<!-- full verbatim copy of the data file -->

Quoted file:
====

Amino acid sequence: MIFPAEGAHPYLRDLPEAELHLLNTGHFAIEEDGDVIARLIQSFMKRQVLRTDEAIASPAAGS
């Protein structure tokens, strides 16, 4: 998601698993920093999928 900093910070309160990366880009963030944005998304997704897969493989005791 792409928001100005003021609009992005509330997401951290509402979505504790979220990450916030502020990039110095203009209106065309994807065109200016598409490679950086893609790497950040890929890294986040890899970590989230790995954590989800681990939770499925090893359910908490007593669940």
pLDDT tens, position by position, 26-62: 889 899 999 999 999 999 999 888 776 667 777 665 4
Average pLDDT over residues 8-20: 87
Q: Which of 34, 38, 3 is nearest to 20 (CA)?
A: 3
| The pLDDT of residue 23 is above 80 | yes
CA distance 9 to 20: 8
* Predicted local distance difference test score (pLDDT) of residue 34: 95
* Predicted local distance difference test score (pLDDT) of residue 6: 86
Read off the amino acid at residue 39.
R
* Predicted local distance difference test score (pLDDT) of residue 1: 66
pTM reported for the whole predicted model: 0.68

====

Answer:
Amino acid sequence: MIFPAEGAHPYLRDLPEAELHLLNTGHFAIEEDGDVIARLIQSFMKRQVLRTDEAIASPAAGS
């Protein structure tokens, strides 16, 4: 998601698993920093999928 900093910070309160990366880009963030944005998304997704897969493989005791 792409928001100005003021609009992005509330997401951290509402979505504790979220990450916030502020990039110095203009209106065309994807065109200016598409490679950086893609790497950040890929890294986040890899970590989230790995954590989800681990939770499925090893359910908490007593669940």
pLDDT tens, position by position, 26-62: 889 899 999 999 999 999 999 888 776 667 777 665 4
Average pLDDT over residues 8-20: 87
Q: Which of 34, 38, 3 is nearest to 20 (CA)?
A: 3
| The pLDDT of residue 23 is above 80 | yes
CA distance 9 to 20: 8
* Predicted local distance difference test score (pLDDT) of residue 34: 95
* Predicted local distance difference test score (pLDDT) of residue 6: 86
Read off the amino acid at residue 39.
R
* Predicted local distance difference test score (pLDDT) of residue 1: 66
pTM reported for the whole predicted model: 0.68